Plaintiff also argues that the fact that West Albany was a pre-existing bona fide operating corporation precludes the defense of usury, even if it be assumed that plaintiff knew prior to the commitment that part of the loan proceeds were to be drawn from West Albany and used for Strubbe's personal benefit. This argument however is invalid because it is based on the premise that West Albany was the actual borrower. The trial court found that this was not the fact and we agree.

It is also asserted by plaintiff that if the defense of usury does apply, it is limited to that part of the loan proceeds shown to have been used for Strubbe's individual purposes. There is no merit to this point. There was only one loan which it has been determined was made to Strubbe. The entire transaction was subject to the usury statute irrespective of the purpose to which the proceeds were put.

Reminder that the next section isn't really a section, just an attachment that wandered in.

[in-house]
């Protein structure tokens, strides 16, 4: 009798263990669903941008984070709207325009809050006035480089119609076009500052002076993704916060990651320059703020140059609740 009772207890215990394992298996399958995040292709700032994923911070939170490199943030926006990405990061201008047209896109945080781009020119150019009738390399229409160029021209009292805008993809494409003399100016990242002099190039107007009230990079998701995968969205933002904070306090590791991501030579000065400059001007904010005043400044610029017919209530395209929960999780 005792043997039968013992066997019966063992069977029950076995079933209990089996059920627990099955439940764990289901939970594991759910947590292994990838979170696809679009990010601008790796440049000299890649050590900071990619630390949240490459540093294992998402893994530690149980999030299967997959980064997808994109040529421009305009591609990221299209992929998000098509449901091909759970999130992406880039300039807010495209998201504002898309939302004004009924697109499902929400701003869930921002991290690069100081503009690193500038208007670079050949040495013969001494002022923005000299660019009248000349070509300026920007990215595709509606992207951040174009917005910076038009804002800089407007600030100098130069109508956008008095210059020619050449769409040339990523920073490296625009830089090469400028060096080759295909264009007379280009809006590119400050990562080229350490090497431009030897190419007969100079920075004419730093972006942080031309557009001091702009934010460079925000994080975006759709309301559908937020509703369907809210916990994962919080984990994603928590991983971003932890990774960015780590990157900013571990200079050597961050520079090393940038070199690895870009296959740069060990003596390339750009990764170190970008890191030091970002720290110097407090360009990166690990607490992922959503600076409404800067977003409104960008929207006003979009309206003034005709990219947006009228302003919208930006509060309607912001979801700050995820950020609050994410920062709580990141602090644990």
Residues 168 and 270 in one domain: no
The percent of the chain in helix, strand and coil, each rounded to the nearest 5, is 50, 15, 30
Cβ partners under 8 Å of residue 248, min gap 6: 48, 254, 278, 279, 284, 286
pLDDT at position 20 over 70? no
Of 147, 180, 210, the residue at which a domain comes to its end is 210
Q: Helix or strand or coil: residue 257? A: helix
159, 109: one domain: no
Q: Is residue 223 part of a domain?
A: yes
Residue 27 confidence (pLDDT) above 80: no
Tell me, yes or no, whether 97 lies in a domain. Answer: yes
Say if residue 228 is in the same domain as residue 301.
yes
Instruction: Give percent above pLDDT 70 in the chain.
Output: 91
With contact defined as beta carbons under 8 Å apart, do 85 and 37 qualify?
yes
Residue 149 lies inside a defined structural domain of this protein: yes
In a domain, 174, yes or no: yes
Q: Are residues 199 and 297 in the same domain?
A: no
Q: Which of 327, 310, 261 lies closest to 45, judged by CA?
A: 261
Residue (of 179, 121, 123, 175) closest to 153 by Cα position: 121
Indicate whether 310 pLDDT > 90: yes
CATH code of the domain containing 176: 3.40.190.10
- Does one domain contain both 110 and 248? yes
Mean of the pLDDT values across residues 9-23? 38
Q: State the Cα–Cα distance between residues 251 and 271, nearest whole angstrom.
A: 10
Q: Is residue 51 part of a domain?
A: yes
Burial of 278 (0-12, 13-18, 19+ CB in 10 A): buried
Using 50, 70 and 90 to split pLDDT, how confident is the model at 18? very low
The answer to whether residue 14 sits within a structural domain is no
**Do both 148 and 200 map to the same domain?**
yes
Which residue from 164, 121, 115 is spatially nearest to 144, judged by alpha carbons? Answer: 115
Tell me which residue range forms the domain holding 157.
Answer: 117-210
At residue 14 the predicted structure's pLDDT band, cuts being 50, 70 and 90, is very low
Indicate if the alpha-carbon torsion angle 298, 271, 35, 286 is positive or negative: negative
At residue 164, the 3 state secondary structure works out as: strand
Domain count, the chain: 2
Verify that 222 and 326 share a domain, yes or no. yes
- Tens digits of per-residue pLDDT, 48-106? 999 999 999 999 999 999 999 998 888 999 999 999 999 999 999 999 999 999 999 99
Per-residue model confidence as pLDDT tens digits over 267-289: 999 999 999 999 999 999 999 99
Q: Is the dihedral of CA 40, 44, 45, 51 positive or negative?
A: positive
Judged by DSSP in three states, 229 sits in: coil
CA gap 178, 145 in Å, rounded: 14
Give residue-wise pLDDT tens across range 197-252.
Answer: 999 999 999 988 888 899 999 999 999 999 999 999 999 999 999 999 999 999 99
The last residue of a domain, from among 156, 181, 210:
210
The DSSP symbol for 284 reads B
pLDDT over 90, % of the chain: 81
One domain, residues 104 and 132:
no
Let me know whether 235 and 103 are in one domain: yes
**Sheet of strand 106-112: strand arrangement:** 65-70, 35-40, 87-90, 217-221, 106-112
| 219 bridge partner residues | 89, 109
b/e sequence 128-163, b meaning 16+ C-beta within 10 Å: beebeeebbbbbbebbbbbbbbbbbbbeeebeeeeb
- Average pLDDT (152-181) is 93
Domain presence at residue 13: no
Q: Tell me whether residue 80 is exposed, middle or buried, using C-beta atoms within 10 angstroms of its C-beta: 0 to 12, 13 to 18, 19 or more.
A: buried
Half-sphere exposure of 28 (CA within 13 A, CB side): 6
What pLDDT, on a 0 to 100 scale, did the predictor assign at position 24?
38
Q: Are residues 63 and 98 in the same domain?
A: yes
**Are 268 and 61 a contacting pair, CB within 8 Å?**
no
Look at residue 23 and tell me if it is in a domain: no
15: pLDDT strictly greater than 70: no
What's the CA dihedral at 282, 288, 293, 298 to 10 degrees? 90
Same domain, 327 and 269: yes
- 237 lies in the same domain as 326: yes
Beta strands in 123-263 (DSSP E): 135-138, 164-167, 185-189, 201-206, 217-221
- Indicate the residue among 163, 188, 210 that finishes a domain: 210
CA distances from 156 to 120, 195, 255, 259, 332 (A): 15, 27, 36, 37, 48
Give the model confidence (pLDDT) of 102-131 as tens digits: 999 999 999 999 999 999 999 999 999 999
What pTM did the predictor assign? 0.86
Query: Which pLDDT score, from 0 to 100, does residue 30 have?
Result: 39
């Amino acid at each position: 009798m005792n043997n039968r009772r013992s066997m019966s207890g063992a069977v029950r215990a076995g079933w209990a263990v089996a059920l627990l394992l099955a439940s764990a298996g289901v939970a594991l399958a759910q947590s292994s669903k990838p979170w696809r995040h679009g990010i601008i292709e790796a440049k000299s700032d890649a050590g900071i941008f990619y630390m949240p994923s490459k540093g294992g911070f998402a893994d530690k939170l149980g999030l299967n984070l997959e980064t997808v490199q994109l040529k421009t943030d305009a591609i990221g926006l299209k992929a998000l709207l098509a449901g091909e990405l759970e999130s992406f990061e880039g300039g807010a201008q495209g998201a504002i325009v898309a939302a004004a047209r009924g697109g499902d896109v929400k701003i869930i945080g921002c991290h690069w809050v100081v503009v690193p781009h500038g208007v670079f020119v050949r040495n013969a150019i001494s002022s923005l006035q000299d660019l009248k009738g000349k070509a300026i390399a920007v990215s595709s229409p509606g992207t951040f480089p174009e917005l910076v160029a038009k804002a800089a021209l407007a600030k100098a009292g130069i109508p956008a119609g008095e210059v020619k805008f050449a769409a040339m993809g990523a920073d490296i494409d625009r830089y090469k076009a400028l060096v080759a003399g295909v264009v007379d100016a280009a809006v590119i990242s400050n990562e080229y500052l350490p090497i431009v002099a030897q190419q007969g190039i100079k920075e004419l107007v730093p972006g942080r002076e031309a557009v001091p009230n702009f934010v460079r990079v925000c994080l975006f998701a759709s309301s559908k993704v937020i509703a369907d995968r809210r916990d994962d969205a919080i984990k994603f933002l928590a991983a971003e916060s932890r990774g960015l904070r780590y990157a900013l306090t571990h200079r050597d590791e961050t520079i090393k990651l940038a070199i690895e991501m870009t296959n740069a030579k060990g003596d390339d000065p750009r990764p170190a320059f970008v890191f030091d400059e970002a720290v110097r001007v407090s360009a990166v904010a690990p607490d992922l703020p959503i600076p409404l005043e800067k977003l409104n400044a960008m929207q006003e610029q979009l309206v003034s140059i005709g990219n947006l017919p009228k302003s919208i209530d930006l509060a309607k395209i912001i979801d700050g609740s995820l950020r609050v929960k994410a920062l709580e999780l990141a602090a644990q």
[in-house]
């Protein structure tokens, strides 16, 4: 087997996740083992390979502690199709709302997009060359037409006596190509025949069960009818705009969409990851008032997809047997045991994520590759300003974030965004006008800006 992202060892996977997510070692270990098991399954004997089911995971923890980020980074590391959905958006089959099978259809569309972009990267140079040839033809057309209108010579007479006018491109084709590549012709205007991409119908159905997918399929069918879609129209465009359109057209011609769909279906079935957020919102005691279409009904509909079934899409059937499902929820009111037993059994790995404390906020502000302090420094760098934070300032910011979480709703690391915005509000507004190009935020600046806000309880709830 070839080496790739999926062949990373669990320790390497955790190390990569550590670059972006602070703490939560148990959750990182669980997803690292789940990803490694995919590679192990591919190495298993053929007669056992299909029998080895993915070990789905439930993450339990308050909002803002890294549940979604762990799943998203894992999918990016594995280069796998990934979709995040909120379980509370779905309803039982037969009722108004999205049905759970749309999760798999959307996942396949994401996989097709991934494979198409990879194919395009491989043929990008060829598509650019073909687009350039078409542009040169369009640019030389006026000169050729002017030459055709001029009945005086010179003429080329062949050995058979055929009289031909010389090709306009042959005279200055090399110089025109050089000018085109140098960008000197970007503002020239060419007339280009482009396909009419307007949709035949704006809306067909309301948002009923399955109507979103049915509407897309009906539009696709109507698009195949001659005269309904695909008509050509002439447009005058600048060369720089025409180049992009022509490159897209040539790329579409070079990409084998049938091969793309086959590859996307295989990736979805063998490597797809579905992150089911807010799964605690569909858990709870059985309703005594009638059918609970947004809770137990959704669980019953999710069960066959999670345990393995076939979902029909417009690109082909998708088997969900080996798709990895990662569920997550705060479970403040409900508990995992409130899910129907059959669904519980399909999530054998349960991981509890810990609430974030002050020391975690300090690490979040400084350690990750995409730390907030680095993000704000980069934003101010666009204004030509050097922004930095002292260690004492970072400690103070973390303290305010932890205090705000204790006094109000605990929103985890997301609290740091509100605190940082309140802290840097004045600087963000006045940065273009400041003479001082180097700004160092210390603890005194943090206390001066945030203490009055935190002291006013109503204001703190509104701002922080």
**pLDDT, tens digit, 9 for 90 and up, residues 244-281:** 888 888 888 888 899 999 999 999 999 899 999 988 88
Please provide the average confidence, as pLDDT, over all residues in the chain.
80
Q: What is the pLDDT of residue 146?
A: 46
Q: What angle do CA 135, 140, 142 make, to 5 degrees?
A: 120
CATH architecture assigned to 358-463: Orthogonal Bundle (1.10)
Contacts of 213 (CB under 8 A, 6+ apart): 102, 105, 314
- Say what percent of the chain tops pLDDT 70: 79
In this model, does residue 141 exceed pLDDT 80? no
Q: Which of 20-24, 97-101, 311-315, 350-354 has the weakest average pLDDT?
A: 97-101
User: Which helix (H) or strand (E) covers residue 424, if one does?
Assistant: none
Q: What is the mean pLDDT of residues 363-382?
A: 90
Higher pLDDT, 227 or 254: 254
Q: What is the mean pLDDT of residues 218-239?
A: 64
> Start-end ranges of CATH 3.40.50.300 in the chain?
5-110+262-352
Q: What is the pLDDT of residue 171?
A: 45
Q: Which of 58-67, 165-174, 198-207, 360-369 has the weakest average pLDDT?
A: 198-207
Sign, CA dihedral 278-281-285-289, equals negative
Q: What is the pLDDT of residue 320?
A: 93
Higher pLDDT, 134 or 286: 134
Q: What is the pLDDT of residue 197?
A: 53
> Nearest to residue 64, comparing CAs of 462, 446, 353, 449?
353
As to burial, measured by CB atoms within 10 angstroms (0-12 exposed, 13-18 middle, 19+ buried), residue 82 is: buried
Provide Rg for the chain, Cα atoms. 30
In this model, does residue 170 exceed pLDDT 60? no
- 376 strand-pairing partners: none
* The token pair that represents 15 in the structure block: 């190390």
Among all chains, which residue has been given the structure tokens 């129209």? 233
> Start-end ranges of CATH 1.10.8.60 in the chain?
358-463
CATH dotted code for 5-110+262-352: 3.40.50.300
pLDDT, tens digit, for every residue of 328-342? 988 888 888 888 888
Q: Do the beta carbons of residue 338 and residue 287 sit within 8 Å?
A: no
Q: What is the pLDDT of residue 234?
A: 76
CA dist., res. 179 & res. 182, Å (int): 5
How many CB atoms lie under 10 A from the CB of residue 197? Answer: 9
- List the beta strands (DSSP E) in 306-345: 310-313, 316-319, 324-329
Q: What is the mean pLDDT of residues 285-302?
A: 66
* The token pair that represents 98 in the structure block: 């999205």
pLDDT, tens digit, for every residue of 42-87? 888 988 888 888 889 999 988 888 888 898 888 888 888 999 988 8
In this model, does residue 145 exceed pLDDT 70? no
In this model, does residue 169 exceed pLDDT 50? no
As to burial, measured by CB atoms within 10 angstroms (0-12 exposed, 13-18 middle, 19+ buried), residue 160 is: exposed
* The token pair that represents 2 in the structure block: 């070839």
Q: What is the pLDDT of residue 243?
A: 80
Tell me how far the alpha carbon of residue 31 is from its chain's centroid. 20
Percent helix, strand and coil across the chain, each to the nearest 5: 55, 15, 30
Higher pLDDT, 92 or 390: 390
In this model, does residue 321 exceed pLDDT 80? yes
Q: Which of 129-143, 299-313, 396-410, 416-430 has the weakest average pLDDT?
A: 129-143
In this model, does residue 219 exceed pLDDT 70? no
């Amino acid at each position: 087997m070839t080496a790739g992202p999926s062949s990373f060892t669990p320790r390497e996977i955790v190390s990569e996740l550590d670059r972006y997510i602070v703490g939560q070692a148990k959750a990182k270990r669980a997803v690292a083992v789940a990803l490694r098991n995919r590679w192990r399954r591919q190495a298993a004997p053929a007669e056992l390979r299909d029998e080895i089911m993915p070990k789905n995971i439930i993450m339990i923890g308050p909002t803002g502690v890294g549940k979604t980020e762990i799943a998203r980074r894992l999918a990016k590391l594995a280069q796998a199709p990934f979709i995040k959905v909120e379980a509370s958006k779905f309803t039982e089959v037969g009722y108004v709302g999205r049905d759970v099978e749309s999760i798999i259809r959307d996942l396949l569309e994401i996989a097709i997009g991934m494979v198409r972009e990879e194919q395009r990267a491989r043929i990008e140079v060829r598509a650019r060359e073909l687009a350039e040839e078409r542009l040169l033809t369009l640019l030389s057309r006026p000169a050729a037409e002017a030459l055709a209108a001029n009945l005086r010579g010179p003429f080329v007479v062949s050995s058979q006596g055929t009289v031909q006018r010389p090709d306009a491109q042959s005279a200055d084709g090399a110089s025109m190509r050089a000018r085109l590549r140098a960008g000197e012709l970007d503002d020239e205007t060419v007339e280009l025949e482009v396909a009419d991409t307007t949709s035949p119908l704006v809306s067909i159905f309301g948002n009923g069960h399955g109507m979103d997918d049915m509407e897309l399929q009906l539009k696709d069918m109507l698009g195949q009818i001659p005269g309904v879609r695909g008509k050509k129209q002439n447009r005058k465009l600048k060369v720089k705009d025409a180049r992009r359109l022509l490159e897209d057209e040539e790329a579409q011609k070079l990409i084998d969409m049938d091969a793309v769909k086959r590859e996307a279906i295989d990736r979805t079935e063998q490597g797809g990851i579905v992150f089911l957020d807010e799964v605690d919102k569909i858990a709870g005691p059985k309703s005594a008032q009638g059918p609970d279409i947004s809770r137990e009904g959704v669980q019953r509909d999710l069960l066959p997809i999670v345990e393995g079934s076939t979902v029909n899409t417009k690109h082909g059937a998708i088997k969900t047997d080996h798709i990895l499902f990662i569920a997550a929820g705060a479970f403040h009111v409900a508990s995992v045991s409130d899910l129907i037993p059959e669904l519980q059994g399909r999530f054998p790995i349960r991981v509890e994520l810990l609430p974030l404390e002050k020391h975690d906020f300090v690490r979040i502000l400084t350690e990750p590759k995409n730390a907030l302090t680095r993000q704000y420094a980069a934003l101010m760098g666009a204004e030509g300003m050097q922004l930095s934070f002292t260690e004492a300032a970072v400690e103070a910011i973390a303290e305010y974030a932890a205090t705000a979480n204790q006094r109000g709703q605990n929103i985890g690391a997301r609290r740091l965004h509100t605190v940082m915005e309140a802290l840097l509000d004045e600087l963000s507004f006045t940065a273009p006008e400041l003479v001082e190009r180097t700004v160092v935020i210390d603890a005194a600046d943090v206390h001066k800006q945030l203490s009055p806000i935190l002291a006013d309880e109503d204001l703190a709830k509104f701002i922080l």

[67 NJSuper Page 543]

The trial court in holding that the mortgage on the Elizabeth property, which was owned by Mrs. Strubbe, should be declared null and void, and that her personal guaranty of the West Albany note and mortgage should likewise be nullified, had this to say.

"The proofs disclose that she is 76 years of age and without business experience. She made a pathetic picture on the witness stand, being extremely nervous and frightened to the point where she had difficulty understanding and answering questions. The apartment house in Elizabeth comprises her entire estate, or, as she put it, 'everything she has in the world.' She has worked in her husband's ice cream stores for many years doing all sorts of menial tasks, and through earnings thus obtained she accumulated the money which she used to purchase the apartment house. She was not represented by counsel at the time she signed the documents in this case * * *.